Transparency, Compliance and Ethics are Needed in the Global Supply Chain


With the Dodd-Frank Act’s conflict minerals legislation coming into effect, many companies are working hard to create ethical frameworks in their supply chains. Supply Chain Brain recently highlighted the work of HP in this regard. HP is an example of a company who has been diligently working on sustainability and ethics for at least a decade. Clearly ethical practices and transparency across the chain are needed. Companies and individuals can make the difference in how safe and fair our supply chains can be. This report looks at why this has become so important and how to proceed.


Too Global
When the outsourcing movement began in the 1990s, terms like collaboration and trust were bantered about quite a bit. But of late, concerns have taken center stage about whether trust will be ultimately possible to achieve with globalization.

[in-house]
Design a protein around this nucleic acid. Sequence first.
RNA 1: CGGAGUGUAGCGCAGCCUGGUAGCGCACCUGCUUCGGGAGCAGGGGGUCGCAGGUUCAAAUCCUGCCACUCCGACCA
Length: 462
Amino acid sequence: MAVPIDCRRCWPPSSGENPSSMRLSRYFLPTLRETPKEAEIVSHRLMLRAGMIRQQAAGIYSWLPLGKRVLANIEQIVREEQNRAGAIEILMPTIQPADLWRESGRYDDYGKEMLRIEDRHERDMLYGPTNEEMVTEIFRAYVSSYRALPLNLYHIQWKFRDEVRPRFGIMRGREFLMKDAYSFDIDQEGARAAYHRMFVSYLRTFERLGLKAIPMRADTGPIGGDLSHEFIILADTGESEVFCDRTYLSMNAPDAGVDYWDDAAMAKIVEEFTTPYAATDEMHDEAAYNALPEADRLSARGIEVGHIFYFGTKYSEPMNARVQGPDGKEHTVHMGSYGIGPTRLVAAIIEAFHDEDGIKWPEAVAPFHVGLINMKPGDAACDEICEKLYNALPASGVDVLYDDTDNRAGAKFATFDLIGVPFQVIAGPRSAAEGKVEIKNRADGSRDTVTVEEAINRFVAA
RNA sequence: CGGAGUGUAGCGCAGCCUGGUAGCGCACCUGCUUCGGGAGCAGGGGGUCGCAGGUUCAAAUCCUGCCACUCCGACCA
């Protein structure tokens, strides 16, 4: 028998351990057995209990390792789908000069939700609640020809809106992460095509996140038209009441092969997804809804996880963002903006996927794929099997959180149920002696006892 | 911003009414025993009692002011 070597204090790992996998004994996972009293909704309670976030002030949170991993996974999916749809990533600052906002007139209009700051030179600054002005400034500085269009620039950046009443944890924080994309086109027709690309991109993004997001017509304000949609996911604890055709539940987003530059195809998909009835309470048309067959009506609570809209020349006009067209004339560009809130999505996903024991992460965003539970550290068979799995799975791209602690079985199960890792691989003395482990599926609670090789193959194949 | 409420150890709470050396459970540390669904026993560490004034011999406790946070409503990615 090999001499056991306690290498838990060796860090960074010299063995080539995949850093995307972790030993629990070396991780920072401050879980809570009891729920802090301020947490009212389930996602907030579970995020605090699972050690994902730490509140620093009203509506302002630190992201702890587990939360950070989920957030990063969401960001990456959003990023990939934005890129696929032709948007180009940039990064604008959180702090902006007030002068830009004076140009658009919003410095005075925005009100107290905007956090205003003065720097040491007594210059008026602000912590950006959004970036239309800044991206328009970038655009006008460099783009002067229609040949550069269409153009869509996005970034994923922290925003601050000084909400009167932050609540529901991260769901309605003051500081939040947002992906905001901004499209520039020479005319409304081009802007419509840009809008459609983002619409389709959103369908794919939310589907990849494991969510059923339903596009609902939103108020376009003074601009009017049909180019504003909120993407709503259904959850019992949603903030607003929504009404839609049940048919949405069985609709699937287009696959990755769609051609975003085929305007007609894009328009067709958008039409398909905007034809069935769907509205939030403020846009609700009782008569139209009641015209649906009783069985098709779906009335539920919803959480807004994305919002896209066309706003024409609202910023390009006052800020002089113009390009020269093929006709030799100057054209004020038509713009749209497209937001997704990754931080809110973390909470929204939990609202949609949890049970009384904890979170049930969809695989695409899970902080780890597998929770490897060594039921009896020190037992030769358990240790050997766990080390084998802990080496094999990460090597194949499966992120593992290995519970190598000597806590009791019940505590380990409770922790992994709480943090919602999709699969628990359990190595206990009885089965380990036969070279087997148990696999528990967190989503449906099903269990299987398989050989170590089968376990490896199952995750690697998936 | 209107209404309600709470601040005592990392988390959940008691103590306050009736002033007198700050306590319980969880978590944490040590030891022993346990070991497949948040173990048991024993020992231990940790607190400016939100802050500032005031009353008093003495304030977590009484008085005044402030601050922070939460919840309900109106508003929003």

Intellectual property theft between manufacturers is growing. Examples include an auto manufacturer’s workers being arrested for allegedly selling crucial car technology on various models to another manufacturer. Korea’s National Intelligence Service identified 101 such cases of industrial espionage between 2003 and May 20071 with billions of dollars in losses due to corporate espionage in automotive, high tech, etc.

Nor do we invest much time in the review of our supplier sites to determine unsafe/hazardous working conditions.

Most emerging nations—the upstream of our supply chains—have daily occurrences of major illicit activity and ongoing bribery activities. Even countries such as China now provide bribery statistics with 17,084 bribery cases announced last year. Each year the World Economic Forum puts out reports on the best trade-attractive countries, free from bribery, strong protection of property and consumer rights, and transparency of the legal system. Many of the strongest manufacturing nations do poorly on this independent rating.

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